Fact Check

Did a 1933 Article Report That Hitler Would Not 'Disrupt' Germany?

Events always seem more obvious and predictable after they have already taken place.

Published Feb. 9, 2020

 (Everett Historical/Shutterstock)
Image Via Everett Historical/Shutterstock
A 1933 Wall Street Journal article reported expectations that Hitler would not "disrupt" Germany.

In perhaps one of the worst miscalculations in modern political history, Adolf Hitler was appointed chancellor of Germany in January 1933 in the hopes that he could successfully form a coalition government amidst a collection of competing minority parties (including his own Nazi Party) and that the worst impulses of Hitler and the Nazis could be "controlled" or "tamed" once they bore responsibility for leading the national government (rather than criticizing others' administration of it).

But shortly after Hitler's swearing-in as chancellor on Jan. 30, 1933, the Nazis began to systematically suspend civil liberties and eliminate political opposition, with the passage of the Enabling Act two months later effectively establishing Hitler's government as a legal dictatorship that could issue decrees without the involvement of the German parliament (Reichstag) or president.

One example of the naïveté that held sway in Germany at that time caught the attention of Americans in February 2020, in the wake of impeachment proceedings against U.S. President Donald Trump. That example took the form of a snippet from a purported 1933 Wall Street Journal article which was widely circulated via social media:

This article did in fact appear in the Feb. 2, 1933, edition of the Wall Street Journal (WSJ). Under the headline "Berlin Views Hitler Calmly," the report from the WSJ's Berlin bureau briefly referenced contemporaneous assessments of Hitler -- that "there is usually wide discrepancy between the speeches of opposition politicians and the actions of the group when it gains power," that Hitler would not "disrupt the nation's affairs," that it was "not believed" Hitler would "accomplish a change in the constitution" -- and that a rise in stock prices indicated public confidence in these assessments:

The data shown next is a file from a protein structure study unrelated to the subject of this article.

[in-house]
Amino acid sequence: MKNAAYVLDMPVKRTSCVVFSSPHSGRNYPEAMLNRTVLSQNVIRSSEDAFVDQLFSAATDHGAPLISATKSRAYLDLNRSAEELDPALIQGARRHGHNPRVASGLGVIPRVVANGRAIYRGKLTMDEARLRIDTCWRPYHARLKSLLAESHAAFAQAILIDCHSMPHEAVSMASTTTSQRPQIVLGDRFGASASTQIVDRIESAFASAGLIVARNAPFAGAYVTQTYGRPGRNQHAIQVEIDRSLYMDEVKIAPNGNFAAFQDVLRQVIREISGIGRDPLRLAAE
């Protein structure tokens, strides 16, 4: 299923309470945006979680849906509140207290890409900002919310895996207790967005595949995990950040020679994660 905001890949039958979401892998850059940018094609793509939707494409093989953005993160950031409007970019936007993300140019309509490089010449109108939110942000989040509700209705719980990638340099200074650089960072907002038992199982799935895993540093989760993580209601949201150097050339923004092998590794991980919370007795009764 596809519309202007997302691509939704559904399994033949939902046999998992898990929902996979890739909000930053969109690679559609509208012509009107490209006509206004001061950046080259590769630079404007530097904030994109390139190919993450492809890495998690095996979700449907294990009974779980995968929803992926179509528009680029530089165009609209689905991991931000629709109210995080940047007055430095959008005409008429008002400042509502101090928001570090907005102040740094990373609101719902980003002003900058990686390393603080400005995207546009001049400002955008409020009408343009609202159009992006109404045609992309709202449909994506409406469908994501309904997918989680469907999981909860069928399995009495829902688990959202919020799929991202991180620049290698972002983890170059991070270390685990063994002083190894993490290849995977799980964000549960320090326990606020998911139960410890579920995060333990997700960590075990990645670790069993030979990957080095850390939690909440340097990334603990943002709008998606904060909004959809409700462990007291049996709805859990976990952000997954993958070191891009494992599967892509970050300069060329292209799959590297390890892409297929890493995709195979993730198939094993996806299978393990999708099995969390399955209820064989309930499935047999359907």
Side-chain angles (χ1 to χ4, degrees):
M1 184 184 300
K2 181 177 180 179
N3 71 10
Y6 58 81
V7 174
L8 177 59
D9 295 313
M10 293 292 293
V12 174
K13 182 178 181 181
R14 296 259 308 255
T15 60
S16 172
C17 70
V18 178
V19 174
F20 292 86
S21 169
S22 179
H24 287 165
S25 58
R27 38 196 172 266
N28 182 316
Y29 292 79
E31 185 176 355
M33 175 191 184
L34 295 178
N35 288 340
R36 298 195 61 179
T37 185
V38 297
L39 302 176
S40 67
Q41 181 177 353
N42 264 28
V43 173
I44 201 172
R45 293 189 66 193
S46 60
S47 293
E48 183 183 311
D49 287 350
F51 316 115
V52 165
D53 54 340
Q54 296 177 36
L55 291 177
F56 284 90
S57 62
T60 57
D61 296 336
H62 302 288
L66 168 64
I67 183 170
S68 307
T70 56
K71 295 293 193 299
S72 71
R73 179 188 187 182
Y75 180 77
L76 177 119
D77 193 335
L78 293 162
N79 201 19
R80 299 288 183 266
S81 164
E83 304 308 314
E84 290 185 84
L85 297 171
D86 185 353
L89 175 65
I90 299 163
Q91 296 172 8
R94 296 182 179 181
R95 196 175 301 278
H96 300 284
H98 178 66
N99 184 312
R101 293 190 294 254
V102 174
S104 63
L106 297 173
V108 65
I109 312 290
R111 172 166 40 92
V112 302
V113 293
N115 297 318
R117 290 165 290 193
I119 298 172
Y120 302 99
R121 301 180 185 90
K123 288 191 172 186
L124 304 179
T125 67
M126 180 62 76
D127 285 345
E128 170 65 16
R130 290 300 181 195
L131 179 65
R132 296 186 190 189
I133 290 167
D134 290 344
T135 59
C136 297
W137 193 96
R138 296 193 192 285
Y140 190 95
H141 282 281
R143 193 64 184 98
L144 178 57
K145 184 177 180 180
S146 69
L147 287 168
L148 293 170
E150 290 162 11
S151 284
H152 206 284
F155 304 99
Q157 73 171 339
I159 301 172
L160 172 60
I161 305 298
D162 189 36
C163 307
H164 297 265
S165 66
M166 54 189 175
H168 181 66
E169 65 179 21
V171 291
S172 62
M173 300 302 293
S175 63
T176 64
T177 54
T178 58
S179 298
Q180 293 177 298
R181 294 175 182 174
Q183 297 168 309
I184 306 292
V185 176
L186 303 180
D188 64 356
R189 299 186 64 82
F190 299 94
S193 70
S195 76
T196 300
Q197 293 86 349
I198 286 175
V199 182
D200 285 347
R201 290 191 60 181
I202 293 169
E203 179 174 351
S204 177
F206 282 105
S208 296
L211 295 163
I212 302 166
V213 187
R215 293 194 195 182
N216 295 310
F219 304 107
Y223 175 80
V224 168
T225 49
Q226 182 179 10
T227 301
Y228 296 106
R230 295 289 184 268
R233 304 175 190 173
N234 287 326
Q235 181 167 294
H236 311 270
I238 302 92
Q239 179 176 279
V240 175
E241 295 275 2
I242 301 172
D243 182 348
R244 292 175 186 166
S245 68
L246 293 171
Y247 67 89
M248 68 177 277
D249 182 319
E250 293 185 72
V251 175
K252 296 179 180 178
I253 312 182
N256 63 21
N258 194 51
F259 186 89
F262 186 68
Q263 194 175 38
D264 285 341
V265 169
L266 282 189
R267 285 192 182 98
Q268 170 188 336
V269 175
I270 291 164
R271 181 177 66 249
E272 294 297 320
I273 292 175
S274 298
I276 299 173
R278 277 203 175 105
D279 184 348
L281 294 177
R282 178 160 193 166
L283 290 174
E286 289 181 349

Rise in Stocks Reflects Confidence He Will Not Disrupt Nation's Affairs

Berlin is settling down to pass judgment on political developments. Politicians, economists and bankers declare there is usually wide discrepancy between the speeches of opposition politicians and the actions of the group when it gains power.

Consequently, it is not believed that Hitler will accomplish a change in the constitution or that [Reich Minister of Economics Alfred] Hugenberg will bring about a general reduction of interest rates. The government wants to obtain an adjournment of the Reichstag for several months, but it is questionable whether the Centre [Party] will approve of such action.

After calmly dismissing the threat that Hitler posed (and which would come to pass in just a few short months) the article provided a short summary of the "considerable gains in stocks" that supposedly indicated good times were ahead under the new government -- including, ironically, a rise in the price of stock in I.G. Farben, the German chemical company that manufactured the Zyklon B gas later used to kill millions of Jews during the Holocaust:

The Boerse closed with considerable gains in stocks. Rhenish Coal advanced 7, Mannesmann Tube 5, I.G. Farben 4 and Rhine-Westphalia Electric 4. Bonds registered average losses of 2 points.

Common stocks were favored as being less susceptible to talk of devaluing the currency or of other inflationary experiments. Furthermore, profits are expected to increase for many industries from expanded public works projects.


The Wall Street Journal.   "Berlin Views Hitler Calmly."     1 February 1933   (p. 12)

David Mikkelson founded the site now known as snopes.com back in 1994.